Our Excellent Costa Rican Adventure – Part 3

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Over Land and Water

After our four-night stay at the Lost Iguana Resort, it was time to pack up again as we would be picked up by our driver to be taken to our next destination. Our journey would take us a short drive to the edge of Lake Arenal, a boat ride across, then another drive to our destination of Monteverde Cloud Forest Reserve. Supposedly, crossing the lake was a shorter way of getting to our destination but I’m skeptical as taking the lake route involved driving about 15 Km of the worst gravel-potholed road imaginable, averaging 15-20 km/hr. In fact, I’d go so far as claiming that Costa Rica has some of the worst roads anywhere in the world that we’ve been.

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The Wildlife

I’m not going to keep harping about the deplorable roads as I can forgive all of that as the real reason Barb and I have travelled to Costa Rica is for the wildlife. Looking back, I have to go back to our 2008 trip to Tanzania where the animals were such a major focus for going there. Yes, we saw tigers in India and elephants in Sri Lanka but on both of those trips, seeing the wildlife was just part of the reason for going there. Not so with Costa Rica.

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Virtually every single day since arriving, we were doing something to see the local wildlife, which Costa Rica has in abundance. While writing this section, we’ve been here about halfway in Costa Rica and so far we’ve checked off almost every box of the animals we were hoping to see and some unexpected ones like the tarantula we saw this morning. As you can see from my photos, it’s a testament to the number of birds we’re regularly seen as well as animals we just stumbled upon on the side of the road like the Ring-tailed Coatis. And for the birds that we see at home in Vancouver like Hummingbirds, the Hummingbirds here are almost always more colourful. The bus and red Bluejean Frog in the photo above is a good example of this.

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The Food

We can’t visit a new country and at some point not comment on the food. Being a Central American country, fresh fruit is in abundance and available all the time. One of the staples that we’ve had quite often is rice and beans with fried plantains. It appears that rice and beans might well be the national dish of Costa Rica, usually served with cilantro and many spices. Another regional food we’ve had a few times are empanadas, which are a calzone-type dish resembling a turnover, usually baked or fried and filled with chicken, beef or potatoes. Steaks appear to be on the menu of every restaurant we’ve been to for dinner. One of our favourites has been several variations of Tortilla Soup which we’ve easily had 3-4 times in the past week.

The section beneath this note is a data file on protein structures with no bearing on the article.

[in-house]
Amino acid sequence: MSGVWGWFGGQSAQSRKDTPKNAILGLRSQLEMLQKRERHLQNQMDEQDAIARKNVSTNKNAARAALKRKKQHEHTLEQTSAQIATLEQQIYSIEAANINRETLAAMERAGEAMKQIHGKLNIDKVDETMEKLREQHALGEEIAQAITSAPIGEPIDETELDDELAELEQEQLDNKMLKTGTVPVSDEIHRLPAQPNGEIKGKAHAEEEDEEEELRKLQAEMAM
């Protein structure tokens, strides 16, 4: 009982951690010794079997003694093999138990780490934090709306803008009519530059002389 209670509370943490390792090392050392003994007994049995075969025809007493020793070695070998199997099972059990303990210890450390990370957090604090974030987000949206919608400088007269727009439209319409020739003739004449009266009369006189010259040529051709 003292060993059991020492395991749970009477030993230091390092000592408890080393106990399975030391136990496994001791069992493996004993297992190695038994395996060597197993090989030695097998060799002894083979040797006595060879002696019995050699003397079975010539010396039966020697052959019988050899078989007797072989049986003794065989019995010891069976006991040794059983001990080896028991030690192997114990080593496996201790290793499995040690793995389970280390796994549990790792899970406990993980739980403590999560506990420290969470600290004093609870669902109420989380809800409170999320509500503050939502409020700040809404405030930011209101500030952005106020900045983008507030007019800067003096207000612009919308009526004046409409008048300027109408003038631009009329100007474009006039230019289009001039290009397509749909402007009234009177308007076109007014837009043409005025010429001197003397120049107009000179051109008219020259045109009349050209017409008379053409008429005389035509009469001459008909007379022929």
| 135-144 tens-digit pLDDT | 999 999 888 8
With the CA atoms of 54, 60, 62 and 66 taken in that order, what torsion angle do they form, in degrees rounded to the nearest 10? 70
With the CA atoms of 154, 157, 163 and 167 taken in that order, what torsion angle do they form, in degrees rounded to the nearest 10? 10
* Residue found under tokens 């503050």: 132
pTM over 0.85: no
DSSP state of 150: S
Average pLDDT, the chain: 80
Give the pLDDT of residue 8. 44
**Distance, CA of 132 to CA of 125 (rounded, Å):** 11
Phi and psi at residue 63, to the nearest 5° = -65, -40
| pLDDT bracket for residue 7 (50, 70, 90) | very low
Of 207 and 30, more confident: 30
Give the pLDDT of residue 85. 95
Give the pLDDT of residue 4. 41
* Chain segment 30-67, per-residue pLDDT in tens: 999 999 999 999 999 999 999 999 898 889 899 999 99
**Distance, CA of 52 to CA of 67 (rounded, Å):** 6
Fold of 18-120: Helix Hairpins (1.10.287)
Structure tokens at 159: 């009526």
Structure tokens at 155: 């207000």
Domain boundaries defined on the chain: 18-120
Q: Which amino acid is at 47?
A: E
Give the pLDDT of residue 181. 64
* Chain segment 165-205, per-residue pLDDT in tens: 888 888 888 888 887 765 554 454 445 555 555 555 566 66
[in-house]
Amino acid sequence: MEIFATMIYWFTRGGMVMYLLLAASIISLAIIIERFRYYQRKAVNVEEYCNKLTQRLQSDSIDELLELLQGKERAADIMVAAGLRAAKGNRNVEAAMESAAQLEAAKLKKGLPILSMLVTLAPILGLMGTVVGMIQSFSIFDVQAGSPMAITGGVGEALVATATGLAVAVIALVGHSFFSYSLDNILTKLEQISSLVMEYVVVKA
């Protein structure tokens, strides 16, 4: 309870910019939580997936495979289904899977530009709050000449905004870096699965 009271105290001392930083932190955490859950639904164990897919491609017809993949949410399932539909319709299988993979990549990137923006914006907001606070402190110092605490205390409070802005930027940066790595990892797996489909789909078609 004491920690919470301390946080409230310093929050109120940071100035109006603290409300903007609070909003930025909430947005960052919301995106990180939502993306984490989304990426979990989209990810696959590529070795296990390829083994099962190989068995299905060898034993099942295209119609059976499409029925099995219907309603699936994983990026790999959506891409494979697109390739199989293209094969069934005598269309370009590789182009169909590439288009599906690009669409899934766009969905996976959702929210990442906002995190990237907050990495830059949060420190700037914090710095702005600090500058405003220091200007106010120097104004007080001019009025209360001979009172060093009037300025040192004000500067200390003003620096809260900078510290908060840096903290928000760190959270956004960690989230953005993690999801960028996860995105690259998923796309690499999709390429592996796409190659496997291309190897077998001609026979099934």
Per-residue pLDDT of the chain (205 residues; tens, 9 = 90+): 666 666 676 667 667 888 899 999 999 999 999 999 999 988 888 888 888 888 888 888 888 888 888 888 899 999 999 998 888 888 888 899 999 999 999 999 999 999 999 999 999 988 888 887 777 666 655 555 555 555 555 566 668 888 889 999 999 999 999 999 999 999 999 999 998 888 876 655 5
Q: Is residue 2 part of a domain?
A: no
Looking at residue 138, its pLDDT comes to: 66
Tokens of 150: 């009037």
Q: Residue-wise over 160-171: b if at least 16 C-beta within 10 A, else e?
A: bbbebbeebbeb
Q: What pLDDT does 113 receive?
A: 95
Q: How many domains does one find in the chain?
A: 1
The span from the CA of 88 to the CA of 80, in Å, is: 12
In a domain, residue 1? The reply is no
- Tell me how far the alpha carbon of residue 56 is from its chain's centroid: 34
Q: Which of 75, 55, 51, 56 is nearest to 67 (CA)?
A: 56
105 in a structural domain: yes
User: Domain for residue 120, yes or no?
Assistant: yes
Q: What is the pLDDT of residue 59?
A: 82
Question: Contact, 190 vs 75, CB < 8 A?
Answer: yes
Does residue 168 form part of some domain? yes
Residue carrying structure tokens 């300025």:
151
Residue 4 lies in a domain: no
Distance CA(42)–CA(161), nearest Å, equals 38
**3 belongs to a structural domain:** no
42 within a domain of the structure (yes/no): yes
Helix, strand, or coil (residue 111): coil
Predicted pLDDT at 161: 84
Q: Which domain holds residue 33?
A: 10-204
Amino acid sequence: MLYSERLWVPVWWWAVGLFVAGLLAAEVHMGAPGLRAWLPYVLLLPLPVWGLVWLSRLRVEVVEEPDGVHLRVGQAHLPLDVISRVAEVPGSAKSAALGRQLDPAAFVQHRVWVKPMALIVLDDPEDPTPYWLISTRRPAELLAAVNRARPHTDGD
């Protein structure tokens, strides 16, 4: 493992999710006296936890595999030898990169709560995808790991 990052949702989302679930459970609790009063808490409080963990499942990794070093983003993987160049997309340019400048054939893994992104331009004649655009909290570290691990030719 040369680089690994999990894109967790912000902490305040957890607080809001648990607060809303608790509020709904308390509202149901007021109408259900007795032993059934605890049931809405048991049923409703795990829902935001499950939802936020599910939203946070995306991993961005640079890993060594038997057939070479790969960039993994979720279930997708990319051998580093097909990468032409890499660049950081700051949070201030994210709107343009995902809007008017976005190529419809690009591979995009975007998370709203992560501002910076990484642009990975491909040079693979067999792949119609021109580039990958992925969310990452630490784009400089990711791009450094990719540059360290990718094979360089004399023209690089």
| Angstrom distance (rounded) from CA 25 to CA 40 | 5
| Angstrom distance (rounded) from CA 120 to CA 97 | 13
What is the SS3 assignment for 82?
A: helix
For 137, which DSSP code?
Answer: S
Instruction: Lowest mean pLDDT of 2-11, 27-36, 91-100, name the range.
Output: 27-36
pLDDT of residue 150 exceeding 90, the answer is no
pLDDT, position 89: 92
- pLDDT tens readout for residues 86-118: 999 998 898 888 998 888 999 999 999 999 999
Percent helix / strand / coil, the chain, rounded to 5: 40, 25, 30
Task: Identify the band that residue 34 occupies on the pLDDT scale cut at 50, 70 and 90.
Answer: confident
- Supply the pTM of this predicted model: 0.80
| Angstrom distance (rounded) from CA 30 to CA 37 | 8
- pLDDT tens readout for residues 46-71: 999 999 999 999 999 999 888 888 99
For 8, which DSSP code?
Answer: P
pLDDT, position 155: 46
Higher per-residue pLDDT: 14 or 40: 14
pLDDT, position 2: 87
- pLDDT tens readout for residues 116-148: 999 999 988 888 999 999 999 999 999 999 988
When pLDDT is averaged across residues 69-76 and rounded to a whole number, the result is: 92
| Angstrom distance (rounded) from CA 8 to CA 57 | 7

I’ve enjoyed all of the food we’ve had here so far. I’ve often put hot sauce on a lot of the dishes I’ve eaten and a variety of different hot sauces typically on every table as would salt and pepper.

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The Camera

I know not everyone is interested in the technical details of photography so feel free to skip ahead depending on your interest.

Everyone that knows me knows that photography has been a passion of mine for a long time and of course, it completely aligns with our love of travel. I’ve mentioned before that I was in the process of changing out my camera gear to move away from the heavy camera and lenses that I used to carry. My shoulders and back needed a different solution. For this trip to Costa Rica, I would normally be bringing the full camera setup with a long lens to be able to get the best shots of the wildlife which are often quite far away. For example, for the photo of the two Toucans above, they were easily 300-400 ft away and a long lens was needed to get that shot.

After shooting with Nikon equipment for almost 30 years, I took the opportunity, when all of my photo equipment got stolen last year, to replace it with a much lighter setup but what I still felt was able to bring home the shots I always wanted. I ended up getting a FujiFilm XT-4 and a 70-300 lens, both of which are about half the weight of my Nikon D750 and the 70-300 Nikon lens. Not only do my shoulders and back thank me for the much less weight I’m carrying around but I feel that the quality of the photos I’m able to get is just as good.

Moving On

Tomorrow we will be moving on from the Monteverde area we have currently been at for the past 3 days. Our next location will have us staying for a longer time.

As always, I have been uploading photos from Cost Rica to my photo website here.

I will be posting the final instalment of Our Excellent Costa Rican Adventure in the final days of our stay.




  • Percival Smith

    Thanks for the birdlife pictures. It is A pity that different species live in different countries, maybe because of the climate. Enjoy yourselves and keep safe. Love Dad